Thq Nordic  Tagged Articles RSS Feed | Thq Nordic  RSS Feed on en Launch Media Network EA Still Owns Right to Original Kingdoms of Amalur Game Tue, 11 Sep 2018 10:49:05 -0400 Joseph Ocasio

Despite THQ Nordic announcing that they purchased the rights to the Kingdoms of Amalur franchise, it still seems that there are still some hurdles in regards to the ownership of the original Kingdoms of Amalur Reckoning.

In an interview for Eurogamer, a representative told their writer that "EA still has the publishing rights to Reckoning," meaning that they would need EA's permission in order to make a remaster of the 2012 RPG. This is because they only have the rights to the series, not the original game.

"At this stage we 'only' acquired the intellectual property. Given our track record, we know what the burning questions (remaster, remake, port to current-gen systems etc.) are, but we decided to not answer those specifically as we tend to put our heads together first and then do our homework, and only start to talk about anything once we feel confident and very familiar with the franchise."

THQ Nordic would not comment on any other information regarding there relationship with EA.

Black Mirror 2017 Review: A Remake Worth Revisiting Fri, 01 Dec 2017 12:44:58 -0500 QuintLyn

For fans of point and click adventure games, KING Art's Black Mirror may seem like a familiar title. You'd be right. The game is both a retelling of the original Black Mirror Trilogy and a new game in its own right. While there are similarities -- such as the death of one William Gordon, there are plenty of differences. Yes, you go to the manor known as Black Mirror House to  investigate William's death. However, while in the first game you play as his grandson Samuel, in this remake you take on the role of a much closer relative -- his son David.

In both versions, the overlaying theme is the same. Something unknown killed William Gordon and that something appears to be tied to the occult; possibly a family curse. Either way, you're there to find answers but you won't find them easily. You won't be getting much help from the house's inhabitants either.

The Good

Story and Atmosphere

When it comes to world building, KING has done a great job. Particularly when you consider the fact that an adept player will be able to make it through the game in about four hours. During that time you'll meet few characters, but the ones you do are well written and fairly well developed -- considering they don't really want to share many of their secrets with you. That doesn't stop you, however. Before even arriving at the house, you have plenty of clues to get you started. 

The atmosphere is particularly great for a horror game. Admittedly, when I first booted Black Mirror up, I had some doubts. Considering that most "horror" games over the last few  years have been filled with jump scares, I was prepared for more of the same, expected to hate time spent playing the game.  Luckily, I was wrong. There is a bit of that element, but it's so deftly handled. On the few occasions one of them did pop up, it was in a way that left you more curious about what happened rather than wanting to throw your mouse at your computer screen and run out of the room.

The Puzzles

Being a shorter game, there aren't too many puzzles to tangle with. However, the ones that are there are fantastic. You will need to engage in things like mathematical problem solving, but for the most part, they rely on logic and the ability to be extremely observant. The first puzzle I came across stumped me for a few hours. I ended up writing it all down and carrying it into the living room with me to stare at it and wait for an ah-hah moment. It was both gratifying and infuriating to realize I'd simply missed the obvious.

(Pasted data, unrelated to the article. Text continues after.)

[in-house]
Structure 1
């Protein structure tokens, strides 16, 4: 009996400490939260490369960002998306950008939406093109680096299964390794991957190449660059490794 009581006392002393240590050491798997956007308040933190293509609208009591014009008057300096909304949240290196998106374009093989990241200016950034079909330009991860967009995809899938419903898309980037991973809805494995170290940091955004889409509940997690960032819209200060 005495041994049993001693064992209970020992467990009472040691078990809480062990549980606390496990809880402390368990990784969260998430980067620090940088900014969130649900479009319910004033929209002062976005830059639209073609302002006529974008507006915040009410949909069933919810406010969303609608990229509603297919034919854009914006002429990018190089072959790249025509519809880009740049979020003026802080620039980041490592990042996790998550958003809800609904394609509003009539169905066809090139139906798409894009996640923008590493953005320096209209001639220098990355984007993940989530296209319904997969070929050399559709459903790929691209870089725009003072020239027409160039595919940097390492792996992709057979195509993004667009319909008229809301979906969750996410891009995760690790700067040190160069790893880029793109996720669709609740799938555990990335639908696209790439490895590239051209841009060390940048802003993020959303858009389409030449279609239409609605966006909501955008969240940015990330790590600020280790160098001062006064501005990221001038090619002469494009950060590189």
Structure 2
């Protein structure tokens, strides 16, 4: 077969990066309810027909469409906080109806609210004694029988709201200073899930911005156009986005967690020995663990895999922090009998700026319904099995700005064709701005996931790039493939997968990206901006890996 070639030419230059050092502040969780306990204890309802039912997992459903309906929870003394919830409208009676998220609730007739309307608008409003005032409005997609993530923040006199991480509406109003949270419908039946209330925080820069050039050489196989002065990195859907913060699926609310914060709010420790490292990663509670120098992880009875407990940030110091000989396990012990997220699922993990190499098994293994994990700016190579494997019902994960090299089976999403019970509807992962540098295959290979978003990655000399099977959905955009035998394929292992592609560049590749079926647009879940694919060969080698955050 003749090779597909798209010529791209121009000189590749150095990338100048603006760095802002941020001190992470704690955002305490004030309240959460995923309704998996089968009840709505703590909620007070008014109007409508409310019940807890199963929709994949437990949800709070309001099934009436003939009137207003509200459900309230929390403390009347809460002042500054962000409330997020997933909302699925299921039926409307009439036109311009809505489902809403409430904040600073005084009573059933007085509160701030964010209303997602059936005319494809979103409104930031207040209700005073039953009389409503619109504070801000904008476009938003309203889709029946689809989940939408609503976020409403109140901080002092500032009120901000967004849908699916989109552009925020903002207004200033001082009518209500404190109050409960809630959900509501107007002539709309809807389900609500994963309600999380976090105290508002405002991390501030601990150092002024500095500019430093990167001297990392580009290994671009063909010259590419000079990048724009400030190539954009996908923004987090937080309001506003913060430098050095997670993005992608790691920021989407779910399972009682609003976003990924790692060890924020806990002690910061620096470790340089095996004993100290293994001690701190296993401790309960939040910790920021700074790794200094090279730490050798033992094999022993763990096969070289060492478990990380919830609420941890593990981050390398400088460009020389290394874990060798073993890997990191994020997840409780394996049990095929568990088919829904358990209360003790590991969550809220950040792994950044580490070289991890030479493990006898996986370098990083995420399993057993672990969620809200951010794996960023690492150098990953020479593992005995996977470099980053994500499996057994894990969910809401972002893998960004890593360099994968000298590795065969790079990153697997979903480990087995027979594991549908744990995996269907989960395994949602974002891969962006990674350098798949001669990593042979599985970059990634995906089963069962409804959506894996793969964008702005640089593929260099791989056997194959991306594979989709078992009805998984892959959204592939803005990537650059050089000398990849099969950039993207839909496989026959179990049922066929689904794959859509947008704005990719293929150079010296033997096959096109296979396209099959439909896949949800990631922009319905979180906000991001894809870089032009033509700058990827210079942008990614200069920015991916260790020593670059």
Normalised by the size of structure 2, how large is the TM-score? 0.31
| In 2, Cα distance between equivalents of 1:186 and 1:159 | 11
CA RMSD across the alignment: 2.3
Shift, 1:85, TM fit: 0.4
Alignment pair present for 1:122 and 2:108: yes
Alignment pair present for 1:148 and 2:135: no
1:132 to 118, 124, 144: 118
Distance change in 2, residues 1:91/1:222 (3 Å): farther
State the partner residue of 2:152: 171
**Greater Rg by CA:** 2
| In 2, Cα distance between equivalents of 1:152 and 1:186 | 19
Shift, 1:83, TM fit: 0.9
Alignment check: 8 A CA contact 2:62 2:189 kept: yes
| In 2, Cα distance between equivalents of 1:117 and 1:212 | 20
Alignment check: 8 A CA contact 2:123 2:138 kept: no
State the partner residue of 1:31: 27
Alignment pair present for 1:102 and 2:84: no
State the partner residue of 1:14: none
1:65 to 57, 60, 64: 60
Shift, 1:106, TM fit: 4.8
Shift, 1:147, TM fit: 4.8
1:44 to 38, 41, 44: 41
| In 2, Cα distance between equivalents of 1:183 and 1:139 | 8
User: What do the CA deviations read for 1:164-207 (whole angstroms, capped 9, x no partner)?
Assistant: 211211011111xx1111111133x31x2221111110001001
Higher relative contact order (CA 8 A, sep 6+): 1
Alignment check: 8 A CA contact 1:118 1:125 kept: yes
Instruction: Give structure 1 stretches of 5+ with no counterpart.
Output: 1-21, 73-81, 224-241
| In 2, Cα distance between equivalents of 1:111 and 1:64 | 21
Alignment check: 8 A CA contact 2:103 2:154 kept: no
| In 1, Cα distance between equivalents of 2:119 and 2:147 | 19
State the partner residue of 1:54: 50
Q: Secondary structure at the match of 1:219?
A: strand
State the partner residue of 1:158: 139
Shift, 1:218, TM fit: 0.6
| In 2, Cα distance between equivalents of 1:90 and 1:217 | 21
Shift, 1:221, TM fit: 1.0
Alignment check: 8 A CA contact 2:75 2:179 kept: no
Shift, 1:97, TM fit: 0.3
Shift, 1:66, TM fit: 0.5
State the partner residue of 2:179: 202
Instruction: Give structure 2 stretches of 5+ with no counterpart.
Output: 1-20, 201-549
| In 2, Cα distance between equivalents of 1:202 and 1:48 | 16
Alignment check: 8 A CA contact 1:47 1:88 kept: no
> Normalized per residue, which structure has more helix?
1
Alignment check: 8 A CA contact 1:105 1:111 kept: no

The really interesting thing is that somehow the developers manage to reuse puzzle ideas and build upon them in a way that still makes them challenging to solve -- even though you've "been there before." But again, it's all about being observant and not thinking you already know just because you already did that one thing that one time.

The Not So Good

Challenging Pacing 

Because of the nature of the game -- and the need to at least do some things in a certain order -- you may find yourself wandering around in circles wondering what on earth you missed. At this point, the game can seem to drag out. This is compounded by the fact that you're walking in those circles in a fairly limited space. That said, this is often the nature of point and click adventure games. Sometimes it's just a pain figuring out what in the world you're missing.



Being a point and click adventure game, Black Mirror doesn't have a complex set of mechanics. It does however have a bit of a port problem.  When you first boot up the game on PC, head into the settings and look at the controls menu. You'll note that what you're shown is an Xbox control scheme. Not to worry, the controls are pretty basic: WASD to move, click to look at things, hit a few buttons for menu items such as "I" for the inventory. As new menu items are added, the game tells you what the commands are.

Movement in the game can be a bit iffy. The game's camera rotates on it's own, so you'll find you need to change the direction you're trying to move in order to continue along the same line when this happens. You'll also find it takes a little work to move around things or lining up with clickable points so that they're usable, and you'll often end up going out a door you didn't intend to. It can be a bit frustrating. But, as you get the layout of the rooms down, you'll learn how to work around it.

The effects of control issues aren't just felt in movement, however. As the game goes on, you will find yourself needing to manipulate items in your inventory. This can also be a bit frustrating as you fight to get things to line up in ways that make them usable.

The Loading Wait